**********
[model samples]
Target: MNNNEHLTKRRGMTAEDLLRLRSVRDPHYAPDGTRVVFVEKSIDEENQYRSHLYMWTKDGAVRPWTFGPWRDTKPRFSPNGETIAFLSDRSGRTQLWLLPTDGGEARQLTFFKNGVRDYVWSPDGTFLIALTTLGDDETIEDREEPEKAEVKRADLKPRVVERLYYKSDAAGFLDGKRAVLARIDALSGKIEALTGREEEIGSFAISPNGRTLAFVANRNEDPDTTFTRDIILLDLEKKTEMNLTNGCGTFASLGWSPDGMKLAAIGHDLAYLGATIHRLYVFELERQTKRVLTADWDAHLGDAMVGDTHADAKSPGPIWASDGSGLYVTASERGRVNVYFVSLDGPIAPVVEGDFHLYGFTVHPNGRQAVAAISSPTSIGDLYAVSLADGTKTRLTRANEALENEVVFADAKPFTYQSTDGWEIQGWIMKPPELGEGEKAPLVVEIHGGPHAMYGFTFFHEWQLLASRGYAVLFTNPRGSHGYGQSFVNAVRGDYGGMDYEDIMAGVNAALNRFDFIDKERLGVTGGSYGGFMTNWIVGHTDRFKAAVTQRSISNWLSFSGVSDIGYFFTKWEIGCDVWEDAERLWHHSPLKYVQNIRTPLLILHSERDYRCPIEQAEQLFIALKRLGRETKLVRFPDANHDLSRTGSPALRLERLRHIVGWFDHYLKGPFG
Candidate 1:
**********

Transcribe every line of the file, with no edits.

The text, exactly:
[model samples]
Target: MNNNEHLTKRRGMTAEDLLRLRSVRDPHYAPDGTRVVFVEKSIDEENQYRSHLYMWTKDGAVRPWTFGPWRDTKPRFSPNGETIAFLSDRSGRTQLWLLPTDGGEARQLTFFKNGVRDYVWSPDGTFLIALTTLGDDETIEDREEPEKAEVKRADLKPRVVERLYYKSDAAGFLDGKRAVLARIDALSGKIEALTGREEEIGSFAISPNGRTLAFVANRNEDPDTTFTRDIILLDLEKKTEMNLTNGCGTFASLGWSPDGMKLAAIGHDLAYLGATIHRLYVFELERQTKRVLTADWDAHLGDAMVGDTHADAKSPGPIWASDGSGLYVTASERGRVNVYFVSLDGPIAPVVEGDFHLYGFTVHPNGRQAVAAISSPTSIGDLYAVSLADGTKTRLTRANEALENEVVFADAKPFTYQSTDGWEIQGWIMKPPELGEGEKAPLVVEIHGGPHAMYGFTFFHEWQLLASRGYAVLFTNPRGSHGYGQSFVNAVRGDYGGMDYEDIMAGVNAALNRFDFIDKERLGVTGGSYGGFMTNWIVGHTDRFKAAVTQRSISNWLSFSGVSDIGYFFTKWEIGCDVWEDAERLWHHSPLKYVQNIRTPLLILHSERDYRCPIEQAEQLFIALKRLGRETKLVRFPDANHDLSRTGSPALRLERLRHIVGWFDHYLKGPFG
Candidate 1: